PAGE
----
“Clark Street Bridge is a two-hour experience that is hard to put into words. It is about reading, writing and understanding. It is story-like in nature and scored to music, performed live. And it is participatory, with a couple of writing exercises meant to increase our understanding of writing just a bit and our understanding of ourselves, a bit more.
Some finding engaging. Taken by small things they never knew before woven into a story of something they want to know more about. Some find it transformational. Changing the way they write, the way they think, the way they go about their job. But most, simply find it inspiring. Moving them with words and music and storytelling to a different place where they feel a different way.”
I’ve blogged about Clark Street Bridge before, but it’s one of the most creative and beautifully inspiring experiences I’ve ever been a part of. Christian has been playing with CSB for years, and it was only after the first time I went to one of their shows that I understood why he loved being a part of it so much.
Last night’s show was held in a performance hall at The University of Chicago, and after another crazy, busy week – I was only too comforted by the thought that I’d get to attend. The topic, last night, was TIME.
Growing up, my mom always talked about how God’s time is different from our time. I tried and tried to understand that when I was young but that’s a hard thing to comprehend, no matter your age. Time is one of those things that really doesn’t have a definition. It’s abstract- even though we think of it as set and concrete- but truly, it’s not. If you think about time as a feeling though, or memories, it almost feels easier to define – but in this you realize that everyone’s definition of it will be different.
Because of this, I think that’s why it made for such a great writing prompt at CSB last night. The speaker (and creator of CSB), John, asked the audience to take a few minutes and jot down their definition of ‘time,’ and when we were finished jotting down some ideas, he asked if anyone would like to read theirs aloud. Of course I totally slouched down in my seat, praying he wouldn’t just randomly call on me. (I’ll tell ya right now, I did not read mine aloud) 😉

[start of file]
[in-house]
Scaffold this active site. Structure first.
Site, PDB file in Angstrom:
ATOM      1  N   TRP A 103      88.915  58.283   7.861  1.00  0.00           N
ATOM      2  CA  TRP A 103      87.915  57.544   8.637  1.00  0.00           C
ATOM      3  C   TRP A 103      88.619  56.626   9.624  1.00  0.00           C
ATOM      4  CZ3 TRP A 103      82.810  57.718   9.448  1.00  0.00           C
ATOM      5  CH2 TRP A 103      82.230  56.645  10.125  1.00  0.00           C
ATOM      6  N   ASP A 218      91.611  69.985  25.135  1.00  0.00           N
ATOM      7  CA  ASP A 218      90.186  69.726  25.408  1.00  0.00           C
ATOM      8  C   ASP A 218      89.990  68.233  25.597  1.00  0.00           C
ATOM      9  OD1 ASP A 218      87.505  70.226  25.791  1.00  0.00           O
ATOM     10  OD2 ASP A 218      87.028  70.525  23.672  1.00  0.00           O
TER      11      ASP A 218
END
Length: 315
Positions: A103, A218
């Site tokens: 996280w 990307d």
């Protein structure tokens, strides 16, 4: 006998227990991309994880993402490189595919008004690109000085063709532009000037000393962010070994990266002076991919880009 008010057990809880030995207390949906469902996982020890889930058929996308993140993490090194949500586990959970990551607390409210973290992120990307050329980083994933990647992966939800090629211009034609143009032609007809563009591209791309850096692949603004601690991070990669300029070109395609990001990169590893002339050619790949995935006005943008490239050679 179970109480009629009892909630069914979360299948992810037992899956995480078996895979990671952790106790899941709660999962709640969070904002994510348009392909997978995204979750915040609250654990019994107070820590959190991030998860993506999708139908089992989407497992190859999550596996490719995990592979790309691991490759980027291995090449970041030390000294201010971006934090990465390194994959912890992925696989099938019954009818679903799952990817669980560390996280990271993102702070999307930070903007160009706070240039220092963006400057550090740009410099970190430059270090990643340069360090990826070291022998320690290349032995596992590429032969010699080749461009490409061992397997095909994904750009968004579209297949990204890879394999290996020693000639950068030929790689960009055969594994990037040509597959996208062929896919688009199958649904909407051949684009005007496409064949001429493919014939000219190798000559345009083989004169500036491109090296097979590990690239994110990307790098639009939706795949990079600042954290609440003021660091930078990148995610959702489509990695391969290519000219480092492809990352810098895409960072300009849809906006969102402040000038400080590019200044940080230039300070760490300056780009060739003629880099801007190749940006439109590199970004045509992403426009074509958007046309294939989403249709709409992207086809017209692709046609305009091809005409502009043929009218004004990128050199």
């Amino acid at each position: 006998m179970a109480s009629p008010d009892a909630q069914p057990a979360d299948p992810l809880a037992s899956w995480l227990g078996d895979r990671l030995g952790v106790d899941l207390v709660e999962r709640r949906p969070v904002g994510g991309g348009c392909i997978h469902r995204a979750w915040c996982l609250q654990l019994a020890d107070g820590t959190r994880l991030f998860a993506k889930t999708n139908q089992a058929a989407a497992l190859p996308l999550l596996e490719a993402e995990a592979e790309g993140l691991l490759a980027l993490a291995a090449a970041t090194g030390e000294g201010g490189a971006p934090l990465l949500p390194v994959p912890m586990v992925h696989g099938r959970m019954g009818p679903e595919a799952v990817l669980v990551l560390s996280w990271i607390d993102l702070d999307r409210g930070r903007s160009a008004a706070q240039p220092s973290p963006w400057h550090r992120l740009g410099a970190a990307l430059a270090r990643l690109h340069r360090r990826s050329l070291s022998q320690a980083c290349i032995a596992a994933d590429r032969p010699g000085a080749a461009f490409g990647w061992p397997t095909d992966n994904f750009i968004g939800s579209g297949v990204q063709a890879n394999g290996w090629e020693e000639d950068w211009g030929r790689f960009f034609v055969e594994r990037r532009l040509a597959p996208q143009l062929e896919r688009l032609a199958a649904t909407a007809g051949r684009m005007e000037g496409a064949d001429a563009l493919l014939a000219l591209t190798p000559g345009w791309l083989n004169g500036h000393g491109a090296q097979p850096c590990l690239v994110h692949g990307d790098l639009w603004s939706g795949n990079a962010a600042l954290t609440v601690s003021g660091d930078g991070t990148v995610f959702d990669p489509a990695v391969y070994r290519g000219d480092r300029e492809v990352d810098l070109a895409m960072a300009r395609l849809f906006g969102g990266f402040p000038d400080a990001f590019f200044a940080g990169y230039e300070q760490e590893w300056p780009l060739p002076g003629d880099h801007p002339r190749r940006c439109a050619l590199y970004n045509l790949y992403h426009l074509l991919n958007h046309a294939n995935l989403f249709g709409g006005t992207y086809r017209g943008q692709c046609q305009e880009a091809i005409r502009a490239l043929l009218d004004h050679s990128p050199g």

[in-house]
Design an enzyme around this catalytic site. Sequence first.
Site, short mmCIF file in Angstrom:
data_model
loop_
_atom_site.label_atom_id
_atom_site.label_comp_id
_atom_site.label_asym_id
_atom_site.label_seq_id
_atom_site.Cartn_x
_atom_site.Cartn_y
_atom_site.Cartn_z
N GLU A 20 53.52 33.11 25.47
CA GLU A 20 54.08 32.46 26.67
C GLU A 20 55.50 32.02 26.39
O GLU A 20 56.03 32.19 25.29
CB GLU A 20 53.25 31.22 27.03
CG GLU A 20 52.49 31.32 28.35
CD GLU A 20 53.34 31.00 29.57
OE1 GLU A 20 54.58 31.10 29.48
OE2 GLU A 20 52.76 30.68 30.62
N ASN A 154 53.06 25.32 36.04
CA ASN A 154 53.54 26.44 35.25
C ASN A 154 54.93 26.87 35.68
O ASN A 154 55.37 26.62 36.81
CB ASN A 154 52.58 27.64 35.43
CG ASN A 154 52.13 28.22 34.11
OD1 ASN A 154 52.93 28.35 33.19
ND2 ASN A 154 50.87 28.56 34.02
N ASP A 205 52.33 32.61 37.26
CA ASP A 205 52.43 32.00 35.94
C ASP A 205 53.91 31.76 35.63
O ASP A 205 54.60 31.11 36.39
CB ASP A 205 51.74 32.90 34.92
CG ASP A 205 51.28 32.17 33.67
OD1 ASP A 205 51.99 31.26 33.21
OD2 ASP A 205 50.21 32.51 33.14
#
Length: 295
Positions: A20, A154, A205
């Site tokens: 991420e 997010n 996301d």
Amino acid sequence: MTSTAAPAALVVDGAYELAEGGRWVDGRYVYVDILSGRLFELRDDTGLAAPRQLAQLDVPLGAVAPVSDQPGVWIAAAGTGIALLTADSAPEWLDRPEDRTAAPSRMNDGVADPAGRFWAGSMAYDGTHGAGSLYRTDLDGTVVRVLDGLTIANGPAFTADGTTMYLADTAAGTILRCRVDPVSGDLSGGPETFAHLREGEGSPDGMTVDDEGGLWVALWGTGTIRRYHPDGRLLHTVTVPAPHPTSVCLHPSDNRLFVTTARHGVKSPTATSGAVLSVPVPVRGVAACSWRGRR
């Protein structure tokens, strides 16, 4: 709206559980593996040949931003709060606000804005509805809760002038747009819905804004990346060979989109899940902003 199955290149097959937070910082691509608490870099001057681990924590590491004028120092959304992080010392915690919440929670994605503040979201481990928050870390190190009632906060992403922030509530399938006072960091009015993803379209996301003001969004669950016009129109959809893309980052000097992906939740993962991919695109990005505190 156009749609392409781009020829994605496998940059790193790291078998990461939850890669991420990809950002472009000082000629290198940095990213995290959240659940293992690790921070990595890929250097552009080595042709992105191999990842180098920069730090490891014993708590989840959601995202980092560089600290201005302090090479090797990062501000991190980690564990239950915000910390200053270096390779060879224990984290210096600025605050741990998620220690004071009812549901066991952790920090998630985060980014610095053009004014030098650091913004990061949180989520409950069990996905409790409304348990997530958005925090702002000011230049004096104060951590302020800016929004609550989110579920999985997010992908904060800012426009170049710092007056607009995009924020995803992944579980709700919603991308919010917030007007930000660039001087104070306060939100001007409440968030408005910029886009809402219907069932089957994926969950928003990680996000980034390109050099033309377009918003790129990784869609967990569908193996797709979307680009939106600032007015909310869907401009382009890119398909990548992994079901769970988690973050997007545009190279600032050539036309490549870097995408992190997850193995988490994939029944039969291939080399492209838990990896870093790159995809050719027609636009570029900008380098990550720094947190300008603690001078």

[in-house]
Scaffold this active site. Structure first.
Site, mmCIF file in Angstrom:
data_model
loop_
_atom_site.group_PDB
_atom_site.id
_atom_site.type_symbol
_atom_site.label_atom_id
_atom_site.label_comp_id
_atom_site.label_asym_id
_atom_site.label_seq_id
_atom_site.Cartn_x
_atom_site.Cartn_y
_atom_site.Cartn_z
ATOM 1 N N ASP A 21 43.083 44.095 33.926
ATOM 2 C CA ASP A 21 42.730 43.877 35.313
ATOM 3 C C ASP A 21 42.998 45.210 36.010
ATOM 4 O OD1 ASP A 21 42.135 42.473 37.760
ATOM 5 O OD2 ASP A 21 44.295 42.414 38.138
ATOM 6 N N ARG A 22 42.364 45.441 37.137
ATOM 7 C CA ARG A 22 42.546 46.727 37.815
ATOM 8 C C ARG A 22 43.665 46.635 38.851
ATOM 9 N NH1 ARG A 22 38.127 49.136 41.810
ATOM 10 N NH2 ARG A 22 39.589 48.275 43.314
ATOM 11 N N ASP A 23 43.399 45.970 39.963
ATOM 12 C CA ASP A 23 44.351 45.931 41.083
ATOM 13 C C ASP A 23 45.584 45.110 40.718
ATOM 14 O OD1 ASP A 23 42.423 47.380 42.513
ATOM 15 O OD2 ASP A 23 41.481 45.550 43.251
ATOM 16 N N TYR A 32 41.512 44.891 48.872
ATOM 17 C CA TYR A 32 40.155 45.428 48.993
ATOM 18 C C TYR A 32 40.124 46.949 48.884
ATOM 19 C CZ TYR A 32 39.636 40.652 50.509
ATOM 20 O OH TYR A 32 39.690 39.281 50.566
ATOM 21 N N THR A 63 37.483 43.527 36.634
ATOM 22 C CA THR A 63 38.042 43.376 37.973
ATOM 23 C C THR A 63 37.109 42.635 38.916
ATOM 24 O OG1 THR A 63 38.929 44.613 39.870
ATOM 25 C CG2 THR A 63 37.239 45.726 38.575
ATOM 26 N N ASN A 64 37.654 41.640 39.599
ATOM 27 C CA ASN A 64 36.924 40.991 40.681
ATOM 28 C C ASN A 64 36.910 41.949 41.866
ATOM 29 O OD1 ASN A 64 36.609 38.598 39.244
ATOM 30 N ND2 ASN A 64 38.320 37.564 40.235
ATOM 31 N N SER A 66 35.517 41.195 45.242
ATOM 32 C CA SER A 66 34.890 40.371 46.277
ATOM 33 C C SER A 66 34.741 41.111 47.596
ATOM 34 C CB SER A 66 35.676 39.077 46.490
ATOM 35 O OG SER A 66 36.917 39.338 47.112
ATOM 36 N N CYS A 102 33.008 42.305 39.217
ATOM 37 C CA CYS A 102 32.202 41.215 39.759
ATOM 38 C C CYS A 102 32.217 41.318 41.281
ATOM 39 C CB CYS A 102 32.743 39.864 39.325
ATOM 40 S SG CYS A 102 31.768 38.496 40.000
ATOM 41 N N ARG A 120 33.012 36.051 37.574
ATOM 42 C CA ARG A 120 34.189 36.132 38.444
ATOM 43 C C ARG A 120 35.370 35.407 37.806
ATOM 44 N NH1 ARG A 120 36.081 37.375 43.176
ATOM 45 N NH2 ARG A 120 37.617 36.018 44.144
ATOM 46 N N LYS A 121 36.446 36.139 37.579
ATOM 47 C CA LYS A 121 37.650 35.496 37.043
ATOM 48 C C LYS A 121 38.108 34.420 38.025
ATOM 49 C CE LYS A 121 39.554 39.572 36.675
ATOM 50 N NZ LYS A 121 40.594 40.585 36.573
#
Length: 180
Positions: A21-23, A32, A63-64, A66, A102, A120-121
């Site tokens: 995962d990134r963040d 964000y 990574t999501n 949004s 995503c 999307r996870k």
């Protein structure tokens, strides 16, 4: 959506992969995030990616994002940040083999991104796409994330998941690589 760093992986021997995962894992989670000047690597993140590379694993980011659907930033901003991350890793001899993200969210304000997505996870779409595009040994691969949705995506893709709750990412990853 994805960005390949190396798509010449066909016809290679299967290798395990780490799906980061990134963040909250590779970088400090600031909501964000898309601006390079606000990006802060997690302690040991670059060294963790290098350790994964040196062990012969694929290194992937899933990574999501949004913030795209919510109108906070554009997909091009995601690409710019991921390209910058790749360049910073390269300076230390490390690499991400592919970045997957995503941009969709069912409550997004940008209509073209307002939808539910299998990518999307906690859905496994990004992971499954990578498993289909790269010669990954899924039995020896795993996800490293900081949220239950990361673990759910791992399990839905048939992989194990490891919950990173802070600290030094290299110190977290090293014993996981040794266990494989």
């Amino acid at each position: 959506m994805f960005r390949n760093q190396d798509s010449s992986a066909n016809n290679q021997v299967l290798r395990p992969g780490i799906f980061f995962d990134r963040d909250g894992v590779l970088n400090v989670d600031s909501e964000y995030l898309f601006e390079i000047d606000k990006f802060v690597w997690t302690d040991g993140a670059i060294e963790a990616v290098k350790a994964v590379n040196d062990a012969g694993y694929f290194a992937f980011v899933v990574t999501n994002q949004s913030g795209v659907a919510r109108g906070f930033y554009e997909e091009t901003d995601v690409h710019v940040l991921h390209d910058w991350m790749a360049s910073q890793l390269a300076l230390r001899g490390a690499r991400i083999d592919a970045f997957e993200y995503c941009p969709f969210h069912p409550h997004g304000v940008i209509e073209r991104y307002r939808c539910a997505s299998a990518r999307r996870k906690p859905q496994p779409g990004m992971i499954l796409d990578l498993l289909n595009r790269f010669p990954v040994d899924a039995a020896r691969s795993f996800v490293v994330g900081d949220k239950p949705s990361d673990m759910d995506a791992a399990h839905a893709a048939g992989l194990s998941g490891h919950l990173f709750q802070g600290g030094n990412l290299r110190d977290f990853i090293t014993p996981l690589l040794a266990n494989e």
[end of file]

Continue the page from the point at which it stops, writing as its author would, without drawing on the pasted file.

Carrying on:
The girl sitting next to me was the first person to read what she’d written and literally everyone in the room let out a sigh and a laugh when she was finished as we all wondered, “Really? Who wants to follow that?!” Her response was like something out of an old, classic book of poems. Had she been selling what she’d written, I would’ve bought it from her right then and there. But John encouraged others to keep going, and a few others decided to read their responses too – all of them just absolutely inspiring and really made me want to keep writing. Three minutes is surely not long enough to write about something like time. (The irony of that sentence, I know.)
I sat there thinking about what I’d written. I hadn’t used big or fancy words like many of the other people had. Actually, my response felt rather elementary and I started to wonder if I was kidding myself even sitting in this room with all of these other artists and poets and writers and scientists (yes, really). But then I realized that’s the whole point of Clark Street Bridge. It’s a reminder – proof – that each and every person is an artist, a writer – no one better than another, just different – much like art is. And if nothing else, being around these people was a reminder to keep following my passion. That’s what it’s all about.
The minute we got into the car after the show was over, I knew Christian would ask me to read what I’d written. I warned him that it would sound nothing like what we’d heard the others read, and he assured me that he was a fan of anything I write (love him). And so, I did.
Time is all of the things,
and all that there is,
and all of the feelings.
Time is everything,
when you are breathing.
And even when you have stopped,
it will go on,
in the next person you last touched,
or the last one who read your written word.
You and time,
you exist together.
You move together,
like a dance.
[Well, perhaps time leads the dance, but it will give you
and the twirls
and the dips,
as you go.]
Truly, I could have continued writing for hours. And maybe I will. But in addition to being a part of an unbelievably beautiful experience last night, I was reminded, once again, that there is still so much to learn, and sometimes experiencing it all as you go is the best part, rather than making sure to have it all figured out before you reach the finish line.
“A bird doesn’t sing because it has an answer, it sings because it has a song.”
– Maya Angelou
Thanks for letting me share my thoughts with you all. Happy Friday, loves 🙂